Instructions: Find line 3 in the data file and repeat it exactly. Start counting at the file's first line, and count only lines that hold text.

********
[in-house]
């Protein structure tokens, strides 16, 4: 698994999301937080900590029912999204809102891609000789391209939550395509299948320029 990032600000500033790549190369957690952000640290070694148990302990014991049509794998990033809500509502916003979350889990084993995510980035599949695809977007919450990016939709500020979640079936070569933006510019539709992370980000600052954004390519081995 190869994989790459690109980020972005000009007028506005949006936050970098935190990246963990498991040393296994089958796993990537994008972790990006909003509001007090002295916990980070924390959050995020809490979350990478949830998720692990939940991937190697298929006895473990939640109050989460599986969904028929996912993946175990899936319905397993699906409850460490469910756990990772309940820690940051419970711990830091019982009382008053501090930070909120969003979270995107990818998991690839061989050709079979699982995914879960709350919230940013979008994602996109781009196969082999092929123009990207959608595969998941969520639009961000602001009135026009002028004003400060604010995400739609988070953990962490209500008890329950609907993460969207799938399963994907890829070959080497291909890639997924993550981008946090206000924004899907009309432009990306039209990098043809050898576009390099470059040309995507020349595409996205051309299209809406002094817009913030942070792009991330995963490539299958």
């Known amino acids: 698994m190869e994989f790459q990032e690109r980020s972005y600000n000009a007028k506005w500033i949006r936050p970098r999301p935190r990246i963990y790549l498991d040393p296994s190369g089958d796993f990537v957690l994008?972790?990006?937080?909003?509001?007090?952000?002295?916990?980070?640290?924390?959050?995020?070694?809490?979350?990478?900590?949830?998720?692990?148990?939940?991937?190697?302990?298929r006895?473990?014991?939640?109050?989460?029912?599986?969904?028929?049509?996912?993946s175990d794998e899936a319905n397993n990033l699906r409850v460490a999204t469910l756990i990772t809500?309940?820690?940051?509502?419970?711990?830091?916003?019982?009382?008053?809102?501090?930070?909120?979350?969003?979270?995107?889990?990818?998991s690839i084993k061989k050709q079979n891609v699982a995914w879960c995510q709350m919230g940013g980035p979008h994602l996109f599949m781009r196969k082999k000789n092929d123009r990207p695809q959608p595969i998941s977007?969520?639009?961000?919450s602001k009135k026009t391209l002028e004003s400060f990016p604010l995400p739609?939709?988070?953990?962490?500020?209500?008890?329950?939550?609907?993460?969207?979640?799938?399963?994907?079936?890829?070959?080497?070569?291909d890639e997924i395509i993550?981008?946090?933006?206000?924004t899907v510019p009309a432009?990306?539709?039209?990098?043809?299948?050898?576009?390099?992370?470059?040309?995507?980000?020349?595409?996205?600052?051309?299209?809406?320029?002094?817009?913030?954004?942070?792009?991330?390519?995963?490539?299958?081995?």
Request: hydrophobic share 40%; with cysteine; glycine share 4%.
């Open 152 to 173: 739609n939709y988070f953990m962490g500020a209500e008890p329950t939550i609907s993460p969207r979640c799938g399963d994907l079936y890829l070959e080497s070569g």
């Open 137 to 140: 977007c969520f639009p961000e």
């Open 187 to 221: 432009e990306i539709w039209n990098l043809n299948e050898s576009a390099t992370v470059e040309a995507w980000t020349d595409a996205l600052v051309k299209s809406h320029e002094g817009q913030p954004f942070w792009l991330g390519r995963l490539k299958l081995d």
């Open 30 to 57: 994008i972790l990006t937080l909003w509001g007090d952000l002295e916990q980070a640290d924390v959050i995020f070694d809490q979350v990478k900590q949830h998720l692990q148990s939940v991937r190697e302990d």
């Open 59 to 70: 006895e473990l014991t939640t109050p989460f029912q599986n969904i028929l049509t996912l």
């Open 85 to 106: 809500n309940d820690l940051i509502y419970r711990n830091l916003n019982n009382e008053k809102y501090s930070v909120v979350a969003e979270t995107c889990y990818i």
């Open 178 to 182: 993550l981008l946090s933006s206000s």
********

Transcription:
């Known amino acids: 698994m190869e994989f790459q990032e690109r980020s972005y600000n000009a007028k506005w500033i949006r936050p970098r999301p935190r990246i963990y790549l498991d040393p296994s190369g089958d796993f990537v957690l994008?972790?990006?937080?909003?509001?007090?952000?002295?916990?980070?640290?924390?959050?995020?070694?809490?979350?990478?900590?949830?998720?692990?148990?939940?991937?190697?302990?298929r006895?473990?014991?939640?109050?989460?029912?599986?969904?028929?049509?996912?993946s175990d794998e899936a319905n397993n990033l699906r409850v460490a999204t469910l756990i990772t809500?309940?820690?940051?509502?419970?711990?830091?916003?019982?009382?008053?809102?501090?930070?909120?979350?969003?979270?995107?889990?990818?998991s690839i084993k061989k050709q079979n891609v699982a995914w879960c995510q709350m919230g940013g980035p979008h994602l996109f599949m781009r196969k082999k000789n092929d123009r990207p695809q959608p595969i998941s977007?969520?639009?961000?919450s602001k009135k026009t391209l002028e004003s400060f990016p604010l995400p739609?939709?988070?953990?962490?500020?209500?008890?329950?939550?609907?993460?969207?979640?799938?399963?994907?079936?890829?070959?080497?070569?291909d890639e997924i395509i993550?981008?946090?933006?206000?924004t899907v510019p009309a432009?990306?539709?039209?990098?043809?299948?050898?576009?390099?992370?470059?040309?995507?980000?020349?595409?996205?600052?051309?299209?809406?320029?002094?817009?913030?954004?942070?792009?991330?390519?995963?490539?299958?081995?």